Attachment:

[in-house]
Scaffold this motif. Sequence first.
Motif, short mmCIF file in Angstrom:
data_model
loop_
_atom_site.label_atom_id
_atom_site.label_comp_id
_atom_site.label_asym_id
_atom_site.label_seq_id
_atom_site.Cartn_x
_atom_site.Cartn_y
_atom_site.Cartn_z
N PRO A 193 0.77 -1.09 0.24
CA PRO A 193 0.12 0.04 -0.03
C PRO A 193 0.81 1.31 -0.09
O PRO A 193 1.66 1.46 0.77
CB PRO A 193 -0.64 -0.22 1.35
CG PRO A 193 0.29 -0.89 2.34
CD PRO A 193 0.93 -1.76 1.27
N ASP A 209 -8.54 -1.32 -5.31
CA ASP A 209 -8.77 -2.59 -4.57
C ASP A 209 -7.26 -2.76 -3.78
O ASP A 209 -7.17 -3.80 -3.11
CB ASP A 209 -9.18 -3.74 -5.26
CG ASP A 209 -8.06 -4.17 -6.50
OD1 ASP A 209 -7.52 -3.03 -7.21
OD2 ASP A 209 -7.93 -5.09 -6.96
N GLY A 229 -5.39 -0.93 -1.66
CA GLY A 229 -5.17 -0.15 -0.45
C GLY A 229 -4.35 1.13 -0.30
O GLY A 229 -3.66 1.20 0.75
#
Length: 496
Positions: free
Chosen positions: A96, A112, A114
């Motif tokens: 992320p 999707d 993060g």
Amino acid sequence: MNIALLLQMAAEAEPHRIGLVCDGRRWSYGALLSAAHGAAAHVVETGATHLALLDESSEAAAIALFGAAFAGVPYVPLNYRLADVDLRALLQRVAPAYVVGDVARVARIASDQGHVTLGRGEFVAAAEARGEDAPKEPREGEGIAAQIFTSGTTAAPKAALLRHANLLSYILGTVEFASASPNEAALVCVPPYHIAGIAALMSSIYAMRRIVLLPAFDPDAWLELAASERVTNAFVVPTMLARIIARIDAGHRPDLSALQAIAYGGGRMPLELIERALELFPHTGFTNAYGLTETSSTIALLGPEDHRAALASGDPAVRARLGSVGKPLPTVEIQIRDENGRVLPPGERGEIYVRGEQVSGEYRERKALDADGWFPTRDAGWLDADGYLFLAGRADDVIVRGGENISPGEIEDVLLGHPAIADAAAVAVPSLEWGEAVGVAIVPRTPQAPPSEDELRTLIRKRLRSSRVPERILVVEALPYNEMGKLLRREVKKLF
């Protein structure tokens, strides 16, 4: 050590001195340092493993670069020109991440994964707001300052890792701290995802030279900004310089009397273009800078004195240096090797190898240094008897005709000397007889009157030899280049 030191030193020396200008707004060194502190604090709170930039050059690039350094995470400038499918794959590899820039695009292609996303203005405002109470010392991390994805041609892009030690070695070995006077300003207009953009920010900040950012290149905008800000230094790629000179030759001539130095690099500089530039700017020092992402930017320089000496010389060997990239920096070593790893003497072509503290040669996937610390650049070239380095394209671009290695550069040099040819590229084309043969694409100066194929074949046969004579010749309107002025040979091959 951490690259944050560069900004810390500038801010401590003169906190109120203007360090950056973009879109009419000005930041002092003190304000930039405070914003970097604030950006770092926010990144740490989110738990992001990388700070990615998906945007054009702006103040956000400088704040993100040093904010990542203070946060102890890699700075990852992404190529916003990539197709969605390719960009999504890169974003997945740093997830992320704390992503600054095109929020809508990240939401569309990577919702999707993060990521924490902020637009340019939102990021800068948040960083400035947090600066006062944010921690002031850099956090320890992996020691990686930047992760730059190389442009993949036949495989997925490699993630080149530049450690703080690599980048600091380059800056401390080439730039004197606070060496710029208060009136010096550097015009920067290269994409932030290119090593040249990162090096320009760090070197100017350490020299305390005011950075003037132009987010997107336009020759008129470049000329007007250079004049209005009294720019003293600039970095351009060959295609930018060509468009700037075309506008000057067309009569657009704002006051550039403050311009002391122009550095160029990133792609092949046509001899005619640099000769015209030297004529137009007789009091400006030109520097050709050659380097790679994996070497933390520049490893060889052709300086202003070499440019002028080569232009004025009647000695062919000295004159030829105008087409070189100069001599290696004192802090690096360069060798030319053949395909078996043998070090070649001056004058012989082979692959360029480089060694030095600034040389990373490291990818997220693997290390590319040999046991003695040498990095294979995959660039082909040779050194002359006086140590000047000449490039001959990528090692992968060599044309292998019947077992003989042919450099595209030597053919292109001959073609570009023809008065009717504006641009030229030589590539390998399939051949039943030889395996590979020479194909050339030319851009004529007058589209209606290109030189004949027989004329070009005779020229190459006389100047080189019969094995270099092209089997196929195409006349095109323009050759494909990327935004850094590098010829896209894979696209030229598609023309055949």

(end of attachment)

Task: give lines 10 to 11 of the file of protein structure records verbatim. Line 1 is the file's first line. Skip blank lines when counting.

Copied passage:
_atom_site.Cartn_x
_atom_site.Cartn_y